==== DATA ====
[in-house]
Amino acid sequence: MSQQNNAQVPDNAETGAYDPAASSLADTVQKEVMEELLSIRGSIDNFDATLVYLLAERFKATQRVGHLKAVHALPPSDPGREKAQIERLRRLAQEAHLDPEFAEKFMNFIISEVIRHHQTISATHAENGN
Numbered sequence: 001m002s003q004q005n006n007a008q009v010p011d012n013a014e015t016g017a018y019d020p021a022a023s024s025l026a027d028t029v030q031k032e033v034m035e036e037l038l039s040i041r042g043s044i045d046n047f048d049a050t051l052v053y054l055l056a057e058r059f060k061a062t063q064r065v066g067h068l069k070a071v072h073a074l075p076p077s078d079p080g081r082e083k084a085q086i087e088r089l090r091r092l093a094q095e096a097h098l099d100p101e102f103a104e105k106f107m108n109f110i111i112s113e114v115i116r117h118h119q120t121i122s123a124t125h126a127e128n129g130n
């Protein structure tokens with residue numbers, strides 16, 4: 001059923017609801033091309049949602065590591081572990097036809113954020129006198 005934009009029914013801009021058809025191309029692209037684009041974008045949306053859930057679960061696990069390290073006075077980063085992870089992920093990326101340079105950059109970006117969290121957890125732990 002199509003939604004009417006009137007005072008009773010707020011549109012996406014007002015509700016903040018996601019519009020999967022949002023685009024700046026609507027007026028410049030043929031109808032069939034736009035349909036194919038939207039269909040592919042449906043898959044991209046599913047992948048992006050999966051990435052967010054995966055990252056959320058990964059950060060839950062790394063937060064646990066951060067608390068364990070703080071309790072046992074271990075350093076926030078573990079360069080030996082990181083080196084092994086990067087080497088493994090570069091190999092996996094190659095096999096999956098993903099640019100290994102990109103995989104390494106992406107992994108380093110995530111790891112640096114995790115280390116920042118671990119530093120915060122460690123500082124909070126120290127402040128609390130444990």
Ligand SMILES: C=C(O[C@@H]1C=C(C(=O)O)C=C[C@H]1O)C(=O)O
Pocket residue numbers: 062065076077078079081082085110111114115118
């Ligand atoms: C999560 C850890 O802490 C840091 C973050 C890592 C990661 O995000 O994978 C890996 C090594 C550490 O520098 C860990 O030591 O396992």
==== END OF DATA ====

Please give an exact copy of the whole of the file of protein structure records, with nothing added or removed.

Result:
[in-house]
Amino acid sequence: MSQQNNAQVPDNAETGAYDPAASSLADTVQKEVMEELLSIRGSIDNFDATLVYLLAERFKATQRVGHLKAVHALPPSDPGREKAQIERLRRLAQEAHLDPEFAEKFMNFIISEVIRHHQTISATHAENGN
Numbered sequence: 001m002s003q004q005n006n007a008q009v010p011d012n013a014e015t016g017a018y019d020p021a022a023s024s025l026a027d028t029v030q031k032e033v034m035e036e037l038l039s040i041r042g043s044i045d046n047f048d049a050t051l052v053y054l055l056a057e058r059f060k061a062t063q064r065v066g067h068l069k070a071v072h073a074l075p076p077s078d079p080g081r082e083k084a085q086i087e088r089l090r091r092l093a094q095e096a097h098l099d100p101e102f103a104e105k106f107m108n109f110i111i112s113e114v115i116r117h118h119q120t121i122s123a124t125h126a127e128n129g130n
């Protein structure tokens with residue numbers, strides 16, 4: 001059923017609801033091309049949602065590591081572990097036809113954020129006198 005934009009029914013801009021058809025191309029692209037684009041974008045949306053859930057679960061696990069390290073006075077980063085992870089992920093990326101340079105950059109970006117969290121957890125732990 002199509003939604004009417006009137007005072008009773010707020011549109012996406014007002015509700016903040018996601019519009020999967022949002023685009024700046026609507027007026028410049030043929031109808032069939034736009035349909036194919038939207039269909040592919042449906043898959044991209046599913047992948048992006050999966051990435052967010054995966055990252056959320058990964059950060060839950062790394063937060064646990066951060067608390068364990070703080071309790072046992074271990075350093076926030078573990079360069080030996082990181083080196084092994086990067087080497088493994090570069091190999092996996094190659095096999096999956098993903099640019100290994102990109103995989104390494106992406107992994108380093110995530111790891112640096114995790115280390116920042118671990119530093120915060122460690123500082124909070126120290127402040128609390130444990």
Ligand SMILES: C=C(O[C@@H]1C=C(C(=O)O)C=C[C@H]1O)C(=O)O
Pocket residue numbers: 062065076077078079081082085110111114115118
């Ligand atoms: C999560 C850890 O802490 C840091 C973050 C890592 C990661 O995000 O994978 C890996 C090594 C550490 O520098 C860990 O030591 O396992």